Harvard University has developed new wound dressings that significantly accelerate the healing process. Such bandages are made from nanofiber, and there are two different kinds, but in essence both of these species do the same thing – with their application the healing passes and the tissues regenerate more quickly. The main component of dressings, except nanofiber – protein, and it is the protein that helps restore. The need for such dressings was considered by the senior author of scientific work, professor of bioengineering and applied physics Kit Parker (Kit Parker), who served in Afghanistan and was repeatedly injured there. At the heart of the idea of how to implement the healing coating for wounds, embryonic tissue studies were put in.
As early as the late 1970s, scientists discovered that if the embryo for some reason had a wound up to the third trimester pregnancy, it overgrew quickly, and scar tissue in its place did not form. For a long time, experts have tried to model the skin of an embryo, in which, as it turned out later, the level of the fibronectin protein, which helps to “couple” the cells among themselves, is much larger. Fibronectin exists in two forms, one of which is mainly in the blood, and the second in the tissues. Previous studies have focused on the first form of fibronectin, since its tissue variety is complex for synthesizing. Harvard employees did it – they used special equipment that first placed fibronectin of the first type in liquid polymers, and then dissolved it with a centrifuge, then the polymers solidified into fibers less than a micrometer thick. From such fibers it was already possible to create a bandage for the wound.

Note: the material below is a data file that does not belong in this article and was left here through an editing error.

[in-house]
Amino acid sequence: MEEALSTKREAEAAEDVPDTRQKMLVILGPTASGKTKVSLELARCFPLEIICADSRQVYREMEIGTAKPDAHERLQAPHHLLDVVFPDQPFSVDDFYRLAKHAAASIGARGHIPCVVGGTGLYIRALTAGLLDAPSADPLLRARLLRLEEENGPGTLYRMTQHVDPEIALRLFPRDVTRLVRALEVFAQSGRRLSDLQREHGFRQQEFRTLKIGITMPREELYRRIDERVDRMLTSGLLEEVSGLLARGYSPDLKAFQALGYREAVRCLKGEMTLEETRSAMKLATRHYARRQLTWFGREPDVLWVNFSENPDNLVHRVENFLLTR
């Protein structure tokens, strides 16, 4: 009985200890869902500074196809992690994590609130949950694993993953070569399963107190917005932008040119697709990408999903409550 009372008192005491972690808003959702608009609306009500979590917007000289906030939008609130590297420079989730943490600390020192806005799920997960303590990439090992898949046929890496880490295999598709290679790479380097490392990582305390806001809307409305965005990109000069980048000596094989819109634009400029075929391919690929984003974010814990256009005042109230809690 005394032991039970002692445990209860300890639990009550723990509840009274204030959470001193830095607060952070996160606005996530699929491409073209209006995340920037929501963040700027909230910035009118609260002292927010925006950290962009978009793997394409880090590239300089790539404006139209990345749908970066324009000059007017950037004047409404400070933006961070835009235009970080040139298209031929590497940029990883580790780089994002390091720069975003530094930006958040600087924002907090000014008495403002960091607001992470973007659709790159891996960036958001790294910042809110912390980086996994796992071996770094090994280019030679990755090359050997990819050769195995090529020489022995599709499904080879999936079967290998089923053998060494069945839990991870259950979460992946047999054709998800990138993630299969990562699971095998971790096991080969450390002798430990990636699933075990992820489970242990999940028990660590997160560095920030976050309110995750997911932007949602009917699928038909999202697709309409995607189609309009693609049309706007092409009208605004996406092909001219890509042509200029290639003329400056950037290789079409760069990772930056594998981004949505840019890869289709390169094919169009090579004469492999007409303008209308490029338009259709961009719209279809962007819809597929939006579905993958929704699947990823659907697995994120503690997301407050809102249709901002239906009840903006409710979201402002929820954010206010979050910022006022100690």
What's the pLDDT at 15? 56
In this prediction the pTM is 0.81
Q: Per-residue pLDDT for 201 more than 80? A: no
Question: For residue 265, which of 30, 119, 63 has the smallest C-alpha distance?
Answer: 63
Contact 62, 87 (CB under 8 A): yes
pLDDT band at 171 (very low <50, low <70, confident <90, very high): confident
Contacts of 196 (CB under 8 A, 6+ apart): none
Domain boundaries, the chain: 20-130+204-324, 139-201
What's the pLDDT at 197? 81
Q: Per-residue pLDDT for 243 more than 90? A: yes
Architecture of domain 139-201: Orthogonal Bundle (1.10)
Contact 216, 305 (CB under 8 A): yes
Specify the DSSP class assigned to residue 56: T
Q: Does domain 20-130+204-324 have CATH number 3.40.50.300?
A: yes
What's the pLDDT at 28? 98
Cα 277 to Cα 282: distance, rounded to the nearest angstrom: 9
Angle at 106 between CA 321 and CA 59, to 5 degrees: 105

Compared with conventional bandages, fibronectin was much more effective. The usual therapy helped to heal 55.6% of the wound in 20 days, and the protein one – 84%. In addition, the new bandages restored the normal structure of the skin, and even hair follicles appeared on it, which usually does not occur.